So You Want to Buy a Fintech Firm
Established financial institutions investing in fintech startups walk a fine line between nurturing growth and managing risk.
oung fintech companies hold considerable appeal for investors looking to get involved in high-growth areas, and established financial institutions are no exception. By acquiring one of these disruptive new players, legacy financial companies can gain innovative capabilities they might not be able to access otherwise.
Fintech firms typically offer native digital products, a nimble operating model, a customer-oriented mindset, and a tech-savvy workforce—all likely motivating factors behind last year’s $13.7 billion in acquisition volume¹ involving these firms. But along with those attractive assets often comes significant risk. Distinguishing the target’s actual products and capabilities from vaporware can be important, for example, and it may be a challenge to prevent talent flight and maintain growth amid operational friction.
Integrating a fintech company presents an entirely new set of potential challenges for even the most M&A-savvy financial institution. CIOs at companies considering such a move can help by encouraging their organisations to follow a few critical steps.
YChoose the right model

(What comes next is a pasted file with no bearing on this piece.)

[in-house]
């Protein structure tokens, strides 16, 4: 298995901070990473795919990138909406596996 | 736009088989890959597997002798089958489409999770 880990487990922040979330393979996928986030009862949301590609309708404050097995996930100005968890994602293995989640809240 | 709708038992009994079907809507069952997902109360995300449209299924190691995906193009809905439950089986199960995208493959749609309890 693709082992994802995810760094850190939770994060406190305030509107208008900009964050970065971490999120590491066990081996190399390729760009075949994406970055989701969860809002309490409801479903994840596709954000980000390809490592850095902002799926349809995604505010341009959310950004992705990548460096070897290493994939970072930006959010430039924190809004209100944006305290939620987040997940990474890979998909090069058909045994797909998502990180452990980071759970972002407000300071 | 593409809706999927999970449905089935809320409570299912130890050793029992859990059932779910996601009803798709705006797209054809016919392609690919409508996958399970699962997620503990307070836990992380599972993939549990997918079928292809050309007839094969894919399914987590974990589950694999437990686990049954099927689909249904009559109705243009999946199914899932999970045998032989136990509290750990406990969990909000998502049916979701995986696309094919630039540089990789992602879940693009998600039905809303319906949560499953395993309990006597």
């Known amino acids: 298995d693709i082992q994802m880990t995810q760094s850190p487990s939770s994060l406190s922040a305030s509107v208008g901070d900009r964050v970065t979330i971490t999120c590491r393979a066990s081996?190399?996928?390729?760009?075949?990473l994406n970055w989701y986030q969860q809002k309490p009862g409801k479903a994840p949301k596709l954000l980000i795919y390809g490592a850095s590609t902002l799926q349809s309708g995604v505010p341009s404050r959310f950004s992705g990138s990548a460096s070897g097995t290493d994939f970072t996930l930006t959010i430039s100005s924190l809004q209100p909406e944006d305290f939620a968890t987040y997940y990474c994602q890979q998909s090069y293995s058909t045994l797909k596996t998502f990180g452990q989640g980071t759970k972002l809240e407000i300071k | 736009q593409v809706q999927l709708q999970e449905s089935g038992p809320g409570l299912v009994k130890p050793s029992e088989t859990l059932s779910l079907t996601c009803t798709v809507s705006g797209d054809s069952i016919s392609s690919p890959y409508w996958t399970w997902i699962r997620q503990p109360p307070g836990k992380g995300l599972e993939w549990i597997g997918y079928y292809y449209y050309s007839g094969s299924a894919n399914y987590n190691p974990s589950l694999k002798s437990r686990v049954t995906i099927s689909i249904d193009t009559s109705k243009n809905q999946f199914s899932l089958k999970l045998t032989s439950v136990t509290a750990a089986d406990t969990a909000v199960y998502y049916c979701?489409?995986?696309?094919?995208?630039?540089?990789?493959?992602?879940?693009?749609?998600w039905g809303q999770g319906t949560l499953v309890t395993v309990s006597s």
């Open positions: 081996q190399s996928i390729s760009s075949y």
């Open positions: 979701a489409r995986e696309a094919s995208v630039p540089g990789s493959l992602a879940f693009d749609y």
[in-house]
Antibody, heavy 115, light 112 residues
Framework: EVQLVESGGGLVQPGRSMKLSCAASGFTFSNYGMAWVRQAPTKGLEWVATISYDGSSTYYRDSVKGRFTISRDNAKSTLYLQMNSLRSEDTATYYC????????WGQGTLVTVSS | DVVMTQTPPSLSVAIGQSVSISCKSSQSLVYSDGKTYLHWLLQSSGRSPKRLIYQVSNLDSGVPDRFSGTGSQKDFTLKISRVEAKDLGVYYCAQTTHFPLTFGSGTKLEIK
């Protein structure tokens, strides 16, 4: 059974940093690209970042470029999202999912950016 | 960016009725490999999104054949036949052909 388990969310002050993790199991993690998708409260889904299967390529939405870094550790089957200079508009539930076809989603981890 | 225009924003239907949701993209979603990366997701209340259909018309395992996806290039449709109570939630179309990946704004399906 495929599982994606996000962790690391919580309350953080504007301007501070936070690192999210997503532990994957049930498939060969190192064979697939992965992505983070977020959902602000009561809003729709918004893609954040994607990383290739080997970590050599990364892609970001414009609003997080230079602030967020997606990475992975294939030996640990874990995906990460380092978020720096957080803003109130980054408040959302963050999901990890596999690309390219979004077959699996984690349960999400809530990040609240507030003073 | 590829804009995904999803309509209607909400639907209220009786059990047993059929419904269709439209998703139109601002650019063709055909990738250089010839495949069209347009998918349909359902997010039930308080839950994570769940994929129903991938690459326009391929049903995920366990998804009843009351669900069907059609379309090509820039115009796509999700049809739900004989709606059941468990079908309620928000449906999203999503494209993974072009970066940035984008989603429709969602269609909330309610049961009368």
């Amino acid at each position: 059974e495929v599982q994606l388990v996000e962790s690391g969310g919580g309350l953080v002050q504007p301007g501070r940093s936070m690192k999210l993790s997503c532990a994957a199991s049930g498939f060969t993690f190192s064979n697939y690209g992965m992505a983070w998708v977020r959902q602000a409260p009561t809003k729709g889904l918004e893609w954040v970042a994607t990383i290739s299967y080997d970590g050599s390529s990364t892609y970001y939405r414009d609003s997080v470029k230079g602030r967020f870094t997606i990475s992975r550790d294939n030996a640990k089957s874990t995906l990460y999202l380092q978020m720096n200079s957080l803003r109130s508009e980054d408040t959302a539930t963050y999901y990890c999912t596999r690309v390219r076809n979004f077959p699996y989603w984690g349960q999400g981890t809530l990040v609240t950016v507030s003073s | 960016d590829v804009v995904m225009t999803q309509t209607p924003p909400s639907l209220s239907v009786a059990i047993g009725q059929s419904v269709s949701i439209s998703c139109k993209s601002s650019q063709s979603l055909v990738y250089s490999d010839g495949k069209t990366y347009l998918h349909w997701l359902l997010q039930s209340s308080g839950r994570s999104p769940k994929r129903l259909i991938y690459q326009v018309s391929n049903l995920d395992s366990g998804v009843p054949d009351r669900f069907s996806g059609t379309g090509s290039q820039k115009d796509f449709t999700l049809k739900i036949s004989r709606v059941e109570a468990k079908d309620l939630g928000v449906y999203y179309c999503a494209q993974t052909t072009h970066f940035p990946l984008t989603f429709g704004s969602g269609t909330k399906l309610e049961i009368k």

Established companies integrating a new fintech acquisition typically take one of two approaches. The first is a capability-driven strategy, in which the acquiring firm seeks to integrate new products, channels, or capabilities into its existing business portfolio to fill a gap or prepare for a potential market shift. The second adheres more closely to a holding company model, in which the acquiring institution builds a portfolio of fintech companies that operate independently while leveraging the parent organisation’s scope and scale.
Either of these can be a viable path. Which one the acquirer chooses can affect its approach to due diligence and, ultimately, inte- gration. Despite their relatively small size, fintech startups may be built on business models and technology platforms that are unfamiliar to legacy financial institutions. As a result, careful due diligence is especially important.
Understand the products
It’s essential that the acquiring firm gain an in-depth knowledge of the target’s complete product lifecycle and where in that lifecycle its products lie. This can allow acquirers to value the products appropriately and understand the commercial business practices they are seeking to integrate. It can also help them more accurately forecast resources needed to support acquired products after integration so they aren’t overlooked in the larger organisation.
Begin this intelligence gathering with a clear view of the specific customer behavior or market niche the target firm is addressing. Extend due diligence deep into the target’s product road map or pipeline to gain visibility into the future functions, product enhancements, and blue-sky projects in flight or planned, and the additional resources required to execute them.
Engage and retain talent
Talent is often a primary value driver in fintech acquisitions, but many fintech employees join their young firms out of a desire to reshape the industry. In an acquisition, they may suddenly find themselves part of the very firms they were trying to disrupt.